Best Practices 101
The misconception of welding's being a dangerous occupation is largely due to welders who made careless mistakes by not being aware of or not following the recommended safety procedures and protocols.
- By Bill Gardner, Al Hilbert
- Aug 01, 2010
Sometimes perceived as hazardous, welding actually presents relatively few hazards to the welder or co-workers if done according to the proper procedures and recommended safety precautions. The key to minimizing potential hazards lies in first understanding them and then taking the necessary steps to mitigate them.
Following is a discussion of four of the most common sources of danger in a welding environment -- heat, sparks and spatter, ultraviolet radiation, and fumes -- and the recommended ways to avoid them.
The combination of several sources of heat within a welding application can lead to significant health and safety risks to the welder. Among these risks are heat stroke, heat exhaustion, fainting, and a reduced ability to identify and respond to other dangers in an industrial environment.
Radiant heat from the welding arc, which can reach 6,500 degrees F, and the base metal, which absorbs and conducts heat outward from the welding arc, can increase the ambient temperature in the immediate vicinity to a temperature that would be uncomfortable even for someone wearing a short-sleeved shirt and shorts.
Avoiding some of the other hazards of welding, however, requires head-to-toe protective apparel that can weigh up to 10 pounds and can prevent the body from releasing its heat into the environment.
Further compounding the dangers of heat stress within the weld cell is the fact that the majority of industrial welding applications use shielding gas to protect the weld puddle from contamination by the air atmosphere. Winds over 5 mph will blow away the shielding gas, resulting in weakened welds, eliminating the possibility of using localized fans to aid in cooling.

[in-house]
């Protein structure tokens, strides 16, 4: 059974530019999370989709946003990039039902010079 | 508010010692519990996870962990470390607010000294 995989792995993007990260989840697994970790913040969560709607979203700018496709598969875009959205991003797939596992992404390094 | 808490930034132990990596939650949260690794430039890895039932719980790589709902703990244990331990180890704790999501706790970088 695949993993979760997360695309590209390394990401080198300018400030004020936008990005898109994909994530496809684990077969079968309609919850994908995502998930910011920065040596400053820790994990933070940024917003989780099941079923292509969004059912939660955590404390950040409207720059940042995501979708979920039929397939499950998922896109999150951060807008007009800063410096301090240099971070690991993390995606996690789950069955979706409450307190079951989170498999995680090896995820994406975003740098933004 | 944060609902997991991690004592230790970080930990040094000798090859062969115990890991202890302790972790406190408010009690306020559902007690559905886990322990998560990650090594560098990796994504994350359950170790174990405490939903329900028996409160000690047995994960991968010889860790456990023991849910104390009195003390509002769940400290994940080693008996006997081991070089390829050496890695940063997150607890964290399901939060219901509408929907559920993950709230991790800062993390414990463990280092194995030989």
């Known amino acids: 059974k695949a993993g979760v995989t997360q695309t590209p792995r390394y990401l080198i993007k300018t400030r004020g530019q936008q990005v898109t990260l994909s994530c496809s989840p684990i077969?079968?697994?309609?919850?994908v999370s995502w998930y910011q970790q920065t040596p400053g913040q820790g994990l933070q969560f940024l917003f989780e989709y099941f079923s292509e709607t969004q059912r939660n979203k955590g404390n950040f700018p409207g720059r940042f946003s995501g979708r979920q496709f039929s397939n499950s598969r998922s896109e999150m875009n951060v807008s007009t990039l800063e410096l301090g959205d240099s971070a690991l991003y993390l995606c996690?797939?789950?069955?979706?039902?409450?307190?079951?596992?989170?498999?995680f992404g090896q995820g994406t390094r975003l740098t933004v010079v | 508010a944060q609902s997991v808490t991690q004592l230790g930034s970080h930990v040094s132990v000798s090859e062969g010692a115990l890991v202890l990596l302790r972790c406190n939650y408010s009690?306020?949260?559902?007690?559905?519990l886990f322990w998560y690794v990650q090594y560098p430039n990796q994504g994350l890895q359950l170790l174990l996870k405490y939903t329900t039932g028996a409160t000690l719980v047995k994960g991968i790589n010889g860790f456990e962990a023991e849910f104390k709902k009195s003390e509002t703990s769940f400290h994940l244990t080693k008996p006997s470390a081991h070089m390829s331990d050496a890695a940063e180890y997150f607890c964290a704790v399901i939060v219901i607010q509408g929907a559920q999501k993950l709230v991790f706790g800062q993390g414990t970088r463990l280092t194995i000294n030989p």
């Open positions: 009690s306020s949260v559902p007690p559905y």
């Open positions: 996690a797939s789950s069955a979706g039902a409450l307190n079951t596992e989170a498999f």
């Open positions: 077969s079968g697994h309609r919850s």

Employers can take a number of steps to evaluate heat stress within the welding cell and reduce the potential for heat-induced injury and illness. A formal heat stress control plan, consisting of a mixture of engineering and administrative controls, along with PPE, is considered a best practice for mitigating heat stress.
A number of PPE options are available to shield an employee from heat and allow their bodies to more easily dissipate heat. Under-hood air circulators can direct air over the welder's head and face to reduce the under-hood temperature. Other protective equipment options include a water-cooled vest and "breathable" welding jackets.
Certain compounds found in welding fumes, including hexavalent chromium, have employee exposure limits mandated by OSHA and other governmental organizations.
In the case of hexavalent chromium -- [CR(VI)], which is produced during the welding of metals that contain chromium, including stainless steel -- the Permissible Exposure Limit (PEL) over the course of an 8-hour work day is 5 µg/m3, with an Action Level of 2.5 µg/m3.
The welding process, wire type, base metal, and a variety of other factors will affect the amount of fumes produced in the welding application, so employers will need to determine whether or not their employee's welding fume exposure falls within regulatory compliance. In situations where fume exposure exceeds federal or state standards, there are a number of fume control methods that are available to meet the needs of most welding applications.